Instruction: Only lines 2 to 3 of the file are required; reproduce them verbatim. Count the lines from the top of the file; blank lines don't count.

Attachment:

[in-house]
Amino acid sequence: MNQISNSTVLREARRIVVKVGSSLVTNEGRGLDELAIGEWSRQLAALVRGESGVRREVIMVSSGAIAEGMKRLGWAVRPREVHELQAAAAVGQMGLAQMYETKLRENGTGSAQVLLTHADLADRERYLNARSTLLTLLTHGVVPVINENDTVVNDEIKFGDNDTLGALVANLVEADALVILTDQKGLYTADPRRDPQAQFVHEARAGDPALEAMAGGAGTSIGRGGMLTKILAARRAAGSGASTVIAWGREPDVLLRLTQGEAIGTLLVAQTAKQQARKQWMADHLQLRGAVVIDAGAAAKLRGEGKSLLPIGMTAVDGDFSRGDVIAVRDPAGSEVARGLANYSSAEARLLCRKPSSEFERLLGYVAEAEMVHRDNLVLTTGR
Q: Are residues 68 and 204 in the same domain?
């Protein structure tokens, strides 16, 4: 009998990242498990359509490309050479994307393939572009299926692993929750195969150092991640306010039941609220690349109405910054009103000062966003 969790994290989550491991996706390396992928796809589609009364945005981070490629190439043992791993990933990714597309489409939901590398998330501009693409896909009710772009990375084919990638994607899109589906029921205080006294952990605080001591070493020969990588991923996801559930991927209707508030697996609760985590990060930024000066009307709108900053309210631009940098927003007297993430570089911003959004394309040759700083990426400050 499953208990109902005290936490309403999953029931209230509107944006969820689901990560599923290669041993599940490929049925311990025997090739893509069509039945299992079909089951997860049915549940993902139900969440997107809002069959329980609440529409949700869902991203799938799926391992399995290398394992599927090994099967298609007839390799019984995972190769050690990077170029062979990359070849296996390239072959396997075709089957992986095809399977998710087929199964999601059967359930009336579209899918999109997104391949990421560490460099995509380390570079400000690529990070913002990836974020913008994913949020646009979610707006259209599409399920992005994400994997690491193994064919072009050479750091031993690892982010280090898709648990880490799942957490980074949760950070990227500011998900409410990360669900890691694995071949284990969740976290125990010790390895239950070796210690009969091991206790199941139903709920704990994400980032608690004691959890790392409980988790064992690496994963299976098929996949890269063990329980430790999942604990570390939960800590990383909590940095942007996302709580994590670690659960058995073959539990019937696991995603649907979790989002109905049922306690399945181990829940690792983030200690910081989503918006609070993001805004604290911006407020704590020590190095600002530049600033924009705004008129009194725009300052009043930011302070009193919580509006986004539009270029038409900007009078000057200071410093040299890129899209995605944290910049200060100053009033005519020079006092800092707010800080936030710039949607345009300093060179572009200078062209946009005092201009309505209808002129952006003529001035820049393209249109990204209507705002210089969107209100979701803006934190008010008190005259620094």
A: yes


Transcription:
Amino acid sequence: MNQISNSTVLREARRIVVKVGSSLVTNEGRGLDELAIGEWSRQLAALVRGESGVRREVIMVSSGAIAEGMKRLGWAVRPREVHELQAAAAVGQMGLAQMYETKLRENGTGSAQVLLTHADLADRERYLNARSTLLTLLTHGVVPVINENDTVVNDEIKFGDNDTLGALVANLVEADALVILTDQKGLYTADPRRDPQAQFVHEARAGDPALEAMAGGAGTSIGRGGMLTKILAARRAAGSGASTVIAWGREPDVLLRLTQGEAIGTLLVAQTAKQQARKQWMADHLQLRGAVVIDAGAAAKLRGEGKSLLPIGMTAVDGDFSRGDVIAVRDPAGSEVARGLANYSSAEARLLCRKPSSEFERLLGYVAEAEMVHRDNLVLTTGR
Q: Are residues 68 and 204 in the same domain?